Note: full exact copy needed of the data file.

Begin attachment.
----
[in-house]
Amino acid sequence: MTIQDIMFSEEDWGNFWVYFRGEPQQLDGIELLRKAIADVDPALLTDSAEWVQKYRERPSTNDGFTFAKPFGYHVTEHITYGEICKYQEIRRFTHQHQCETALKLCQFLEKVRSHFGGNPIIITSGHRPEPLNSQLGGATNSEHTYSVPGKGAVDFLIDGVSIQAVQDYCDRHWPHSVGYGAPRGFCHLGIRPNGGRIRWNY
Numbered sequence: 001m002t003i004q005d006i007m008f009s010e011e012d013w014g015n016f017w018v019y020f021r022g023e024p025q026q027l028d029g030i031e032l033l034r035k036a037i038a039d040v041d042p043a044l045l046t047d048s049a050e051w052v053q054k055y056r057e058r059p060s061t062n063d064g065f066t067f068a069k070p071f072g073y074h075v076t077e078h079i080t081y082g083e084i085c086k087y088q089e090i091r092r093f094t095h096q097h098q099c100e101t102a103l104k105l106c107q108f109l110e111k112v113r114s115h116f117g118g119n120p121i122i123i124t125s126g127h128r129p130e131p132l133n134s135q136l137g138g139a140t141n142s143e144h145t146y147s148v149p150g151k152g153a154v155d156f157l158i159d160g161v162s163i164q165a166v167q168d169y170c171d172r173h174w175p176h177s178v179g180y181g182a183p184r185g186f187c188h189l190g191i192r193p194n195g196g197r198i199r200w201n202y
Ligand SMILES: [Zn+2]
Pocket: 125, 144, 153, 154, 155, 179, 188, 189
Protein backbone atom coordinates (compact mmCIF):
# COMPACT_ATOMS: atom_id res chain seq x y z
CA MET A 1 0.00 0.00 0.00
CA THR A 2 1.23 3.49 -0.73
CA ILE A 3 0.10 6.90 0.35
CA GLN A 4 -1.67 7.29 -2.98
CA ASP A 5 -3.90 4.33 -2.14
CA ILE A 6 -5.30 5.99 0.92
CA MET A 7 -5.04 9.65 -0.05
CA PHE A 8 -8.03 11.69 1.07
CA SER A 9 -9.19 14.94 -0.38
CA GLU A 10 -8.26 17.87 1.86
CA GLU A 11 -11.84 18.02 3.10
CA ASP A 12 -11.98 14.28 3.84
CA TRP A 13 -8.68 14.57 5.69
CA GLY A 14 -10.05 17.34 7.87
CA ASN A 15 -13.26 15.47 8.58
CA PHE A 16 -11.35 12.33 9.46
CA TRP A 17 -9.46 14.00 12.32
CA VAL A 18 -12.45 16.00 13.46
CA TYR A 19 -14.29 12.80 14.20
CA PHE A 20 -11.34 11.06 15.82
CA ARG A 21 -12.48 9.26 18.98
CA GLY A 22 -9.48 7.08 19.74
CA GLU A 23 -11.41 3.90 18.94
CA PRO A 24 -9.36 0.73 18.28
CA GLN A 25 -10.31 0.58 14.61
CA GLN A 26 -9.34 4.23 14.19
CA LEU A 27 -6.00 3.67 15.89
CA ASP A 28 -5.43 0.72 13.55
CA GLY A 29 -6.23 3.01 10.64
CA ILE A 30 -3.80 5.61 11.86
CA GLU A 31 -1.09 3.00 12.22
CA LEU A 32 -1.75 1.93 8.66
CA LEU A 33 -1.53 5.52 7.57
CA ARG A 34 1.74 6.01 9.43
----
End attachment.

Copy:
[in-house]
Amino acid sequence: MTIQDIMFSEEDWGNFWVYFRGEPQQLDGIELLRKAIADVDPALLTDSAEWVQKYRERPSTNDGFTFAKPFGYHVTEHITYGEICKYQEIRRFTHQHQCETALKLCQFLEKVRSHFGGNPIIITSGHRPEPLNSQLGGATNSEHTYSVPGKGAVDFLIDGVSIQAVQDYCDRHWPHSVGYGAPRGFCHLGIRPNGGRIRWNY
Numbered sequence: 001m002t003i004q005d006i007m008f009s010e011e012d013w014g015n016f017w018v019y020f021r022g023e024p025q026q027l028d029g030i031e032l033l034r035k036a037i038a039d040v041d042p043a044l045l046t047d048s049a050e051w052v053q054k055y056r057e058r059p060s061t062n063d064g065f066t067f068a069k070p071f072g073y074h075v076t077e078h079i080t081y082g083e084i085c086k087y088q089e090i091r092r093f094t095h096q097h098q099c100e101t102a103l104k105l106c107q108f109l110e111k112v113r114s115h116f117g118g119n120p121i122i123i124t125s126g127h128r129p130e131p132l133n134s135q136l137g138g139a140t141n142s143e144h145t146y147s148v149p150g151k152g153a154v155d156f157l158i159d160g161v162s163i164q165a166v167q168d169y170c171d172r173h174w175p176h177s178v179g180y181g182a183p184r185g186f187c188h189l190g191i192r193p194n195g196g197r198i199r200w201n202y
Ligand SMILES: [Zn+2]
Pocket: 125, 144, 153, 154, 155, 179, 188, 189
Protein backbone atom coordinates (compact mmCIF):
# COMPACT_ATOMS: atom_id res chain seq x y z
CA MET A 1 0.00 0.00 0.00
CA THR A 2 1.23 3.49 -0.73
CA ILE A 3 0.10 6.90 0.35
CA GLN A 4 -1.67 7.29 -2.98
CA ASP A 5 -3.90 4.33 -2.14
CA ILE A 6 -5.30 5.99 0.92
CA MET A 7 -5.04 9.65 -0.05
CA PHE A 8 -8.03 11.69 1.07
CA SER A 9 -9.19 14.94 -0.38
CA GLU A 10 -8.26 17.87 1.86
CA GLU A 11 -11.84 18.02 3.10
CA ASP A 12 -11.98 14.28 3.84
CA TRP A 13 -8.68 14.57 5.69
CA GLY A 14 -10.05 17.34 7.87
CA ASN A 15 -13.26 15.47 8.58
CA PHE A 16 -11.35 12.33 9.46
CA TRP A 17 -9.46 14.00 12.32
CA VAL A 18 -12.45 16.00 13.46
CA TYR A 19 -14.29 12.80 14.20
CA PHE A 20 -11.34 11.06 15.82
CA ARG A 21 -12.48 9.26 18.98
CA GLY A 22 -9.48 7.08 19.74
CA GLU A 23 -11.41 3.90 18.94
CA PRO A 24 -9.36 0.73 18.28
CA GLN A 25 -10.31 0.58 14.61
CA GLN A 26 -9.34 4.23 14.19
CA LEU A 27 -6.00 3.67 15.89
CA ASP A 28 -5.43 0.72 13.55
CA GLY A 29 -6.23 3.01 10.64
CA ILE A 30 -3.80 5.61 11.86
CA GLU A 31 -1.09 3.00 12.22
CA LEU A 32 -1.75 1.93 8.66
CA LEU A 33 -1.53 5.52 7.57
CA ARG A 34 1.74 6.01 9.43